Register now>>

About Our Speaker
Jeff Molander is adjunct professor of digital marketing at Loyola University's business school, former co-founder of the Google Affiliate Network and author of Off The Hook Marketing: How to Make Social Media Sell. Since 1997, Jeff has been advising retailers and chief executives on how to get more leads and sales from web marketing. Audiences measure Jeff on his ability to demonstrate practical ways to net leads and sales using tools like Twitter and Facebook. That's why he is the authority on making social media sell.

Tonya Hottmann imageTonya Hottmann is the director of marketing at InterCall, responsible for direct response marketing programs. Before joining InterCall, Tonya ran a boutique marketing consulting firm for 10 years. In her free time, she enjoys reading, traveling, exercising and spending summer days at the beach.

Better Line Quality Means Fewer Distractions
June 3, 2011 @ 09:08 AM | By Christina Todisco

I had some great feedback from my blog post last week that covered best practices to follow when hosting audio conference calls. Along with making sure you are prepped and ready to go with all the logistics of your meeting, there are a few things you and your participants can do to keep your lines clear and therefore reduce distractions.

3079917-lots-of-black-telephone-lines

  • Electronic devices (such as BlackBerrys or cell phones and associated hands-free devices, laptops, etc.) can interfere with line quality if located too close to the phone. If possible, place such items a good distance away from the phone you are using for the conference call.
  • If you are conducting back-to-back calls, make sure to disconnect your initial conference call line prior to dialing back in for the next call. (Failing to do so could produce a ‘flash hook’ scenario, which feeds a loud signal into the call.)
  • When entering your conference code and leader PIN do not press the keys too quickly—this will enable the system to ‘read’ them most effectively.
  • During an Operator Assisted Q&A session, participants should pick up their handsets to ask questions. This will ensure the best possible audio quality and volume from their lines.
  • If you are conducting a call using a conference room phone, microphone or speakerphone, be aware of the location of the phone/microphone at all times and speak directly into the device to ensure the best possible audio quality and volume.
  • If you are conducting an Operator Assisted conference call using a conference room phone, microphone or speakerphone, test the volume and line clarity with the operator prior to starting the call.

These tips should help your conferences run smoothly, but if you do have issues, our tech support team is there to help at any time. You can press *0 on your phone keypad during your conference to bring an operator into your call or press 00 to speak one-on-one outside of the meeting. You can also call us ahead of time if you have questions.

Christina TodiscoChristina Todisco is a marketing manager at InterCall and has been in the conferencing industry since 2002. Christina currently provides product marketing support for InterCall’s audio services, reporting and invoice solutions and InterCall Online. When not working, Christina enjoys spending time with her husband, daughter, family and friends.

Life on the Road: Bad for Your Health?
June 1, 2011 @ 02:06 PM | By Sara Steele

Whenever I leave town for business or pleasure, I always pack at least one workout outfit and a pair of running shoes. I tell myself that I should find some time to exercise while away from home. What I’ve found (over and over and over again) is that it ends up doing nothing more than taking up suitcase space.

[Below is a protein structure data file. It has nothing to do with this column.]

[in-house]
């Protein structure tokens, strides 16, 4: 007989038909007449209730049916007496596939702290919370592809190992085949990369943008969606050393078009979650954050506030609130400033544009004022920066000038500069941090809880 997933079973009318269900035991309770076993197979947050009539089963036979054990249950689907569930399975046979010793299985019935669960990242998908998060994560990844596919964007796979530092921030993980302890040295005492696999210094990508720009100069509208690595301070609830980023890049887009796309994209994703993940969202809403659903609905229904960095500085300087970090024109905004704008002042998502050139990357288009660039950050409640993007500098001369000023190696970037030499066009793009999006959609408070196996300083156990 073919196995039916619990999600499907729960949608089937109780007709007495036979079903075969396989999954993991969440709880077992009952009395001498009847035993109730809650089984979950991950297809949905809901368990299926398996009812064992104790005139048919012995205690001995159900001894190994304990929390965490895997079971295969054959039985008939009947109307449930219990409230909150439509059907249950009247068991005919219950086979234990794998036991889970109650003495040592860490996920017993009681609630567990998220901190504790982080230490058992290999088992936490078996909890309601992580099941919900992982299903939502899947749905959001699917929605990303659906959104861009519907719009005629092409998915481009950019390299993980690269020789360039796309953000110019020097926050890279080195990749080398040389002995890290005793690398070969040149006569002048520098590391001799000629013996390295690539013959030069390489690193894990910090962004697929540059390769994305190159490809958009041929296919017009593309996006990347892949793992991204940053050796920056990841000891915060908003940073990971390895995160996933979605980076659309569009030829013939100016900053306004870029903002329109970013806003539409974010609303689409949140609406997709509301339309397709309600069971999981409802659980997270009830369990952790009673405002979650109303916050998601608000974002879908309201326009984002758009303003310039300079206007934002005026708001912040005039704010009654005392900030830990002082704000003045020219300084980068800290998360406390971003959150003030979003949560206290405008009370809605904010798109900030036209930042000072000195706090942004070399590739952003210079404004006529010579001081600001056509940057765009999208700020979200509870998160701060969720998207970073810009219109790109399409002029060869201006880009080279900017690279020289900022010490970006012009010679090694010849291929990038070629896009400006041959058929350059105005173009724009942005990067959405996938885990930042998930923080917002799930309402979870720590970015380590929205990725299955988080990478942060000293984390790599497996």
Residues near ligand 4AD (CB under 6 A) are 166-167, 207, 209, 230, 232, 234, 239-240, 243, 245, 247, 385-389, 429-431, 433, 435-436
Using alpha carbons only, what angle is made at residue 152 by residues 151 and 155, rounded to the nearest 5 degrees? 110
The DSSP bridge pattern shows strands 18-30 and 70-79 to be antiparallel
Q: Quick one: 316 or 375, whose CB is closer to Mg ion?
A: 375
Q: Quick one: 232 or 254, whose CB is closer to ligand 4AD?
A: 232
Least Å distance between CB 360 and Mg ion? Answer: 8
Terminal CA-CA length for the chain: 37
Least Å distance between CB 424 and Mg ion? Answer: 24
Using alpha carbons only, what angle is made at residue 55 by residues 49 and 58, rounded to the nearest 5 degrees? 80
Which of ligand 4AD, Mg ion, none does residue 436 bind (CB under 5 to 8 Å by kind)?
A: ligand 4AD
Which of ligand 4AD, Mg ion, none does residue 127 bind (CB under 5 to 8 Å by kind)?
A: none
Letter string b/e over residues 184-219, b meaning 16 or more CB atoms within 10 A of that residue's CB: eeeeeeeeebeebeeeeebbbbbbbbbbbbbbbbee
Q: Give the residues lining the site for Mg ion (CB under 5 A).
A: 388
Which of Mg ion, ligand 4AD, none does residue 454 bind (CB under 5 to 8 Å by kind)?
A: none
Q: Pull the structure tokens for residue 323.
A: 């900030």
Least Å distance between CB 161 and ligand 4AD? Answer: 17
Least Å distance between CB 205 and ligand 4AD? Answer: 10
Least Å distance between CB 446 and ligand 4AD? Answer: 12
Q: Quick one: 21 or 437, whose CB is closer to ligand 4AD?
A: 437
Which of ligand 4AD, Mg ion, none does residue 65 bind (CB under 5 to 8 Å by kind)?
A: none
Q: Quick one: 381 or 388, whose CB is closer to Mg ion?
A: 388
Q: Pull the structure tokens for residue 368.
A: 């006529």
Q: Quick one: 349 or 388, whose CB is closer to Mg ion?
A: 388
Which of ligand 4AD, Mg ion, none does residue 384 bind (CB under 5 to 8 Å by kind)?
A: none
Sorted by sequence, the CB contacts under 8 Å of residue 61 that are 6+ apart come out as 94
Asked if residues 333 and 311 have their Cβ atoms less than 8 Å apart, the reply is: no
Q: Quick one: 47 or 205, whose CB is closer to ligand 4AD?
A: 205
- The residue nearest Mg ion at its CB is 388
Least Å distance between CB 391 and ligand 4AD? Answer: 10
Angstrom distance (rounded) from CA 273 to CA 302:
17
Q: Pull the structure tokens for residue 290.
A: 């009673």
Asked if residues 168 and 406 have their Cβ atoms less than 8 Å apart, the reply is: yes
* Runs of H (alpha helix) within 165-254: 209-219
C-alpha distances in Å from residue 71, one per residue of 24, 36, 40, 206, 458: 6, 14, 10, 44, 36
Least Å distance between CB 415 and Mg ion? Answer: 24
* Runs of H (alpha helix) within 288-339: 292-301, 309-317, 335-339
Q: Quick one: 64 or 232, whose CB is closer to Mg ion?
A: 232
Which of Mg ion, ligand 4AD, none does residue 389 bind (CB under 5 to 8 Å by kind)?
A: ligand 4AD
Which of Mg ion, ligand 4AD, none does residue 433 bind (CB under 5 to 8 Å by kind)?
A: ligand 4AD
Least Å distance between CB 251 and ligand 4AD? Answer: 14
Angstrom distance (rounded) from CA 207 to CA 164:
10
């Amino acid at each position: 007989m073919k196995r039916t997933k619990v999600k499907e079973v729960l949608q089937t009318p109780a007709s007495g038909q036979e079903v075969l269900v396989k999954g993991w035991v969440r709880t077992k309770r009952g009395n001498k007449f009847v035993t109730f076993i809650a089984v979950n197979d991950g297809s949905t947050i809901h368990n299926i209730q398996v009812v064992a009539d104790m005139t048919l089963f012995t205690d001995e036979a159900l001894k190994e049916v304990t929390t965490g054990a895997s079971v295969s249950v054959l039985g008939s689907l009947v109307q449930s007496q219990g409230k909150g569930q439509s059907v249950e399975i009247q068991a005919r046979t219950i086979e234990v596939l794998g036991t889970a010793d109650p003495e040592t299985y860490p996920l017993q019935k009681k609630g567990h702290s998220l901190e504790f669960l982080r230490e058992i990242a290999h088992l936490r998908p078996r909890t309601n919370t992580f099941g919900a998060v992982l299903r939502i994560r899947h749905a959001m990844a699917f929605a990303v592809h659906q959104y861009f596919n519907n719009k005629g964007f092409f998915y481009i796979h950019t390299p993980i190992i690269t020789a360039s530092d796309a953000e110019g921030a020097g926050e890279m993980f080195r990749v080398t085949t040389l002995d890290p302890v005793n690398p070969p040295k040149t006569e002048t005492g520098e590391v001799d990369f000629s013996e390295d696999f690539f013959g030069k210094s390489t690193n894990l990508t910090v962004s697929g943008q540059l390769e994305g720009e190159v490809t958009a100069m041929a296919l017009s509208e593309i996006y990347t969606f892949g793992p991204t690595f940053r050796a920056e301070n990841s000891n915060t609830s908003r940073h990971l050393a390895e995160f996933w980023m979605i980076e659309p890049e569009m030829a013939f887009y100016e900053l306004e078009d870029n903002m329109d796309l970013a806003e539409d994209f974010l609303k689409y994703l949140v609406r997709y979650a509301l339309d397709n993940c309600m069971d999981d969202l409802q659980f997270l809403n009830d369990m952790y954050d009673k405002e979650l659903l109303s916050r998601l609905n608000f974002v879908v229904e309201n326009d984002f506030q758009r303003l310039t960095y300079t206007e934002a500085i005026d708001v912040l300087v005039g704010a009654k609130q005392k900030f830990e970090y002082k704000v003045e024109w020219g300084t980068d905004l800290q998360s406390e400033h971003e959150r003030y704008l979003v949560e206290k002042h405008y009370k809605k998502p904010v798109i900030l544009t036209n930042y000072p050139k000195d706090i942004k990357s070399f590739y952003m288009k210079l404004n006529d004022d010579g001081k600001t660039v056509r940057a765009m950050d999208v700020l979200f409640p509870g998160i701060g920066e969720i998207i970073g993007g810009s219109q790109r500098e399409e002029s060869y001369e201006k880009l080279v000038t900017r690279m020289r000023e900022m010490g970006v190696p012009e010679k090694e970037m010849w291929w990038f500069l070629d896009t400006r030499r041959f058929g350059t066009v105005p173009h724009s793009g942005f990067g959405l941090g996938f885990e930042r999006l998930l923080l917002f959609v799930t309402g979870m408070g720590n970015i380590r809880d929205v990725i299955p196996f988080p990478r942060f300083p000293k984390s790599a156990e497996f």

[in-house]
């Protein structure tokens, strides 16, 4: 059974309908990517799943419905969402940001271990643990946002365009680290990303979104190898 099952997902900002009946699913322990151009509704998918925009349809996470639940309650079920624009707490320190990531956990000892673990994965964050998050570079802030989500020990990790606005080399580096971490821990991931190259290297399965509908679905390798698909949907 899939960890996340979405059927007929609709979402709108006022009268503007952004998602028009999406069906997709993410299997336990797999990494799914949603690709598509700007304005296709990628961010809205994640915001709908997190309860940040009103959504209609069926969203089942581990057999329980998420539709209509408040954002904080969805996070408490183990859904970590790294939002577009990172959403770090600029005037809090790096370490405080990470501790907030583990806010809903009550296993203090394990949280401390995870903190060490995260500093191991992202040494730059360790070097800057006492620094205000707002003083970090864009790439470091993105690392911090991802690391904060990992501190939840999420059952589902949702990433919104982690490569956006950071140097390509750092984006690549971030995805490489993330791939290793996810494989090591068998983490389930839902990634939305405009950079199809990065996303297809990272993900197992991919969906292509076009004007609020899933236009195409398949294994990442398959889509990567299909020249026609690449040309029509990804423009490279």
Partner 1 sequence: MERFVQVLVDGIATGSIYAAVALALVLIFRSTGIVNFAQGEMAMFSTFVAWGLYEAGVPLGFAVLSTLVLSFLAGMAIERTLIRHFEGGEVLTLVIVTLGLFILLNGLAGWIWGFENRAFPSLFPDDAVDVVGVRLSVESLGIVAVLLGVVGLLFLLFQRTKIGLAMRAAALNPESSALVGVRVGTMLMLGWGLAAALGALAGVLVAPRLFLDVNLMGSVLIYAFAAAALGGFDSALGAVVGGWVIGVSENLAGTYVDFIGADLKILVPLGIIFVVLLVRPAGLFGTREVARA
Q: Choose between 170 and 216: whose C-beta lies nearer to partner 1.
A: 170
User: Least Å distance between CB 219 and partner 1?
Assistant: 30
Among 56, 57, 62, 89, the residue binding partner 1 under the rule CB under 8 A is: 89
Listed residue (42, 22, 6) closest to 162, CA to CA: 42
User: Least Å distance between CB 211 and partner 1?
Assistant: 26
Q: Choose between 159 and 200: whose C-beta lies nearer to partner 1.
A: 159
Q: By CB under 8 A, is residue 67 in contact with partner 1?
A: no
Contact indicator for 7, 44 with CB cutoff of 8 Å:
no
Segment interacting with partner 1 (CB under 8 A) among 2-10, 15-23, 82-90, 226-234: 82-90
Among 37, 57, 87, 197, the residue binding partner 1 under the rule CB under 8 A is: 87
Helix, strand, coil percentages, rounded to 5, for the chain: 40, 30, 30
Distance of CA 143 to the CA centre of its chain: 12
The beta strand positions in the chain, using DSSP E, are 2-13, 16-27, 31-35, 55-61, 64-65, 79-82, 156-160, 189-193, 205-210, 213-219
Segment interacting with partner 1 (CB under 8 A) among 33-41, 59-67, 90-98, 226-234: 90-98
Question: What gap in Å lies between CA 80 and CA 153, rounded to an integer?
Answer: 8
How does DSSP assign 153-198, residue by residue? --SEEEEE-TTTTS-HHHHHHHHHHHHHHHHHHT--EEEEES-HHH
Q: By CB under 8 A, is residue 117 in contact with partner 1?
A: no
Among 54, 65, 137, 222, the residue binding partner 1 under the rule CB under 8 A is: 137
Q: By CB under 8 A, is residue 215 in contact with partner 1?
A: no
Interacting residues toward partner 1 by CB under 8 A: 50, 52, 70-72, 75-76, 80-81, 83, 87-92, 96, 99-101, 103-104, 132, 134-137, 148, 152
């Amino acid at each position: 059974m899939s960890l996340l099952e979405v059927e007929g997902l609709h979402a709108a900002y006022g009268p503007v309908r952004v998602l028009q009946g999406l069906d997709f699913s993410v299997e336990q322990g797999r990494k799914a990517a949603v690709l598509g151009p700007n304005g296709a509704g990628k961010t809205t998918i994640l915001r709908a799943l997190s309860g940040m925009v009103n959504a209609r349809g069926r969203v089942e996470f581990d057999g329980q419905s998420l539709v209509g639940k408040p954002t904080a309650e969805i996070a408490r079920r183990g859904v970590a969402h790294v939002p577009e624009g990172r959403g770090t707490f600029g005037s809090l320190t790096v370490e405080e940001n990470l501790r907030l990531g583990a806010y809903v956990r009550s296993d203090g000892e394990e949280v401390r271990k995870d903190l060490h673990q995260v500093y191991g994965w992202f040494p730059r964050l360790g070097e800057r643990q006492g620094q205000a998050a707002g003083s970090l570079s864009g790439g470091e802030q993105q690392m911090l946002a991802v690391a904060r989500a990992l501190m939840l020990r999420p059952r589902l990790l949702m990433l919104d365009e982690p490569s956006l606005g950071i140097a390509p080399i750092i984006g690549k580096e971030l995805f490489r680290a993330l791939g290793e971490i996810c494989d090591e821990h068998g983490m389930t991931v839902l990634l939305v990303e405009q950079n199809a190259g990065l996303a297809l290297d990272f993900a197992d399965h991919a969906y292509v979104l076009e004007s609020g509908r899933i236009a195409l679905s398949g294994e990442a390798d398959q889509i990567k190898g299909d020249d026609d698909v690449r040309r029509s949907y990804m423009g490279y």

And, then there’s the eating out. While I go out to dinner with full intentions of selecting a healthy salad, it rarely happens. It seems that when I arrive at the restaurant all I want is french fries and beer. So, I order it. After all, I am on vacation.

There’s no harm in letting your healthy practices slip every once in awhile. But what about those business travelers who are consistently on the road?  Not surprisingly, a recently published survey found that a life on the road can have negative consequences to your health. The study, which analyzed data gathered from roughly 13,000 workers, found that those who traveled more than 20 nights a month were 2.61 times more likely to report they were in poor or fair health than those on the road one to six days a month. And they were 1.92 times as likely to be obese. Not to mention the well-known stresses and airborne illnesses that come hand in hand with busy airports and hit-and-miss hotels.

So, how can you avoid the negative impacts travel has on your mental and physical health? For starters, you can skip the trip altogether and meet instead with InterCall's audio, web, and video conferencing. By meeting virtually, you can save money, improve productivity and, most importantly, stick to your regular daily routine. But, when the trip has to be made there are things you can do to curb the negative health effects. Here are a few things that work for me:

  • Choose hotels that have gyms – When traveling, convenience is everything. By selecting a hotel with a well-equipped gym, I’m more likely to make time for a workout.
  • Take a trip to the grocery store – Eating out meal after meal can be a recipe for disaster.  A quick trip to the grocery store for some healthy snacks can make a huge difference in your diet.
  • Remember to take time to yourself – Just because you’re in another city doesn’t mean you have to be on-the-go 24/7. Take a night for yourself to rent a movie and go to bed early.

What do you do to balance your health while on the road?

Sara SteeleSara Steele is an associate marketing manager at InterCall responsible for various corporate communication initiatives; including social media and channel marketing efforts. Sara began working with InterCall after graduating from the University of Colorado in 2006. In her free time, she enjoys running, skiing, and spending time with family and friends.